After Kevin’s death, despite numerous people telling me to go on medication, that there was nothing wrong with going on medication, I made the decision to stay off of anti-depressants while grieving. I was already taking an anxiety medication for the attacks that had started when Kevin became ill, as well as a sleeping pill. I knew that grief had to be felt, that I had to take myself to those deep and dark lows that were required in grieving.
Nearly a year after his death, after I had gone back to school and hit the 1-year loss mark, I was having difficulty studying and staying on top of school. I sought out my doctor and together we made the decision to start on a low dose of anti-depressants to help me focus.
This morning, when I read Caleb Wilde’s recent blog, Should We Medicate Grief? I was appalled and saddened that the new Diagnostic and Statistical Manual of Mental Disorders from the American Psychiatric Association had decided to lump together grieving with depression.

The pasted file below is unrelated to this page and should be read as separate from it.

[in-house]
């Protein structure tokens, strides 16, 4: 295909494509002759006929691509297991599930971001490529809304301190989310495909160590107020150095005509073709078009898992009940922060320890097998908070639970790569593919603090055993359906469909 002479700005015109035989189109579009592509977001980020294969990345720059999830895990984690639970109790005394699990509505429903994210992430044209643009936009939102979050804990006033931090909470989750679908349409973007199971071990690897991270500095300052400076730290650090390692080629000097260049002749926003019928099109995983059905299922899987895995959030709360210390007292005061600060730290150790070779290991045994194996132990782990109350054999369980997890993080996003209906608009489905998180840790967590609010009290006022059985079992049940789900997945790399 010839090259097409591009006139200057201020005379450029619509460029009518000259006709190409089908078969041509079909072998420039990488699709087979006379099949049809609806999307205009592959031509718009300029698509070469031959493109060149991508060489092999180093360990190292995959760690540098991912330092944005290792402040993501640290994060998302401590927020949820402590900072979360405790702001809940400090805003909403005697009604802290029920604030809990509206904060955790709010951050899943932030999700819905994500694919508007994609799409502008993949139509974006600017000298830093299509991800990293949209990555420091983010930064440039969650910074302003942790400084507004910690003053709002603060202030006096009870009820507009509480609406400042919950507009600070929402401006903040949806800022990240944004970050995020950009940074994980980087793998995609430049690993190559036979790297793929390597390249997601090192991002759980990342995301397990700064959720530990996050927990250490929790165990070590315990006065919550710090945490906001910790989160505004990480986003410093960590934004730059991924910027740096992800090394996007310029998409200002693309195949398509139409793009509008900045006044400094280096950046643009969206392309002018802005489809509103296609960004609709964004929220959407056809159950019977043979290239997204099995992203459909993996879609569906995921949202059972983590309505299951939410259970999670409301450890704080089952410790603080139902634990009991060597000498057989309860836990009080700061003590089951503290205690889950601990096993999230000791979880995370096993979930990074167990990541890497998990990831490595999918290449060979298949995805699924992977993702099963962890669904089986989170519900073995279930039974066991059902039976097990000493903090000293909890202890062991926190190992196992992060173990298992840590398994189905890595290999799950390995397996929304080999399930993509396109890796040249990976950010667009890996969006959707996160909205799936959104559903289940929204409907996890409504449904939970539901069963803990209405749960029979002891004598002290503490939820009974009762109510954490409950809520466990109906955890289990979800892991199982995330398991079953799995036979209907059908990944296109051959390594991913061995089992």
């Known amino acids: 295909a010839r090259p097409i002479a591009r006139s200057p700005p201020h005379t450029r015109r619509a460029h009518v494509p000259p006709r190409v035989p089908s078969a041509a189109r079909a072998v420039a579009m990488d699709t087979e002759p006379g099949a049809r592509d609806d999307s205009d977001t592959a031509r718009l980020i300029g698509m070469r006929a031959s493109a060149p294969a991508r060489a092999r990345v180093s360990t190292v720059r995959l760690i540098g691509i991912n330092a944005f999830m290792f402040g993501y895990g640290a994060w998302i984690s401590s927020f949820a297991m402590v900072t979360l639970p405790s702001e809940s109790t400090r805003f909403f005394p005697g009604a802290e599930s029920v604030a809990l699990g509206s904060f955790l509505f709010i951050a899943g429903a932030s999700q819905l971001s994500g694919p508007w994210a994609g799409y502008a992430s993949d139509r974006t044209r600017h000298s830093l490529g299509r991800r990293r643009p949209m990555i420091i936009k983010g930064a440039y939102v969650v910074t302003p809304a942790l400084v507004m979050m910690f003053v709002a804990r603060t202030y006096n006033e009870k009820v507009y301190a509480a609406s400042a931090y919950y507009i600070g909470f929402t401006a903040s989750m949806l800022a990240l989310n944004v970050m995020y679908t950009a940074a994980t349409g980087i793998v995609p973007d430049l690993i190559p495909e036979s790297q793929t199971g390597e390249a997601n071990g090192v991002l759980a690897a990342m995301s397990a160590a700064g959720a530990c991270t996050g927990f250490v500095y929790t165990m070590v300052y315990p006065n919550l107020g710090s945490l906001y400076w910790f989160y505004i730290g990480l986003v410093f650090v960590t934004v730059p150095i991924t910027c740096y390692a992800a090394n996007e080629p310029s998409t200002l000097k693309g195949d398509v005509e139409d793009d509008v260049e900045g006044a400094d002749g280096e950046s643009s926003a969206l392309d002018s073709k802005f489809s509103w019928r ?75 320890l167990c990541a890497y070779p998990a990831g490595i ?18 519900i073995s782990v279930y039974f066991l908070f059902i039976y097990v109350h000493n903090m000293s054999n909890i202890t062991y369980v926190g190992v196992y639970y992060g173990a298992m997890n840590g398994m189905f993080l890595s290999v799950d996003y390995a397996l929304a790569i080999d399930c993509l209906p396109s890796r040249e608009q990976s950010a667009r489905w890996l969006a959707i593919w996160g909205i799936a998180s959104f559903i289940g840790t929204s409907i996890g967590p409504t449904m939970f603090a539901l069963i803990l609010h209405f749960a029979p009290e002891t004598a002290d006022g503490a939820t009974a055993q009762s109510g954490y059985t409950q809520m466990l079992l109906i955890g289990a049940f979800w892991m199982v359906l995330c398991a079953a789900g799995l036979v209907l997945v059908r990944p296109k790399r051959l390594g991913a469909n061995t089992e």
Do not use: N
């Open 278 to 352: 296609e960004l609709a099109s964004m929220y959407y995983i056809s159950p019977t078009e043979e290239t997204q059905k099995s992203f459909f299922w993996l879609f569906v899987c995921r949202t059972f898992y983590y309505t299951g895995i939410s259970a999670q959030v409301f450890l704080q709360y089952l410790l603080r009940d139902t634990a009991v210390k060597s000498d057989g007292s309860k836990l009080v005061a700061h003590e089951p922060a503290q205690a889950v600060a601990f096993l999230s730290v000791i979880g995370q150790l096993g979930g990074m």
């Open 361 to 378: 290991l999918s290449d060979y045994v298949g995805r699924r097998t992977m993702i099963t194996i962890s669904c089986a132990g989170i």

I’m not disagreeing that grief feels depressing, but is it depression? Isn’t it completely normal and sane for someone to not want to get out of bed, to put themselves in remote situations, to sob uncontrollably, to have suicidal tendencies, to feel at their lowest of low, because they lost someone they loved?
When chatting with a widow friend this evening we both agreed that we felt something is lost when a grieving person chooses to immediately medicate themselves. That’s not to say that if you have depressive tendencies you shouldn’t be concerned and stay in close contact with a mental health professional, but if you’re just plain grieving, trying to suffocate that grief with medication can be destructive in the healing process.
I’m curious to know what your thoughts are. Did you medicate immediately following the loss of a loved one? Do you believe that grief should be lumped in with Psychiatrists’ diagnosis of depression?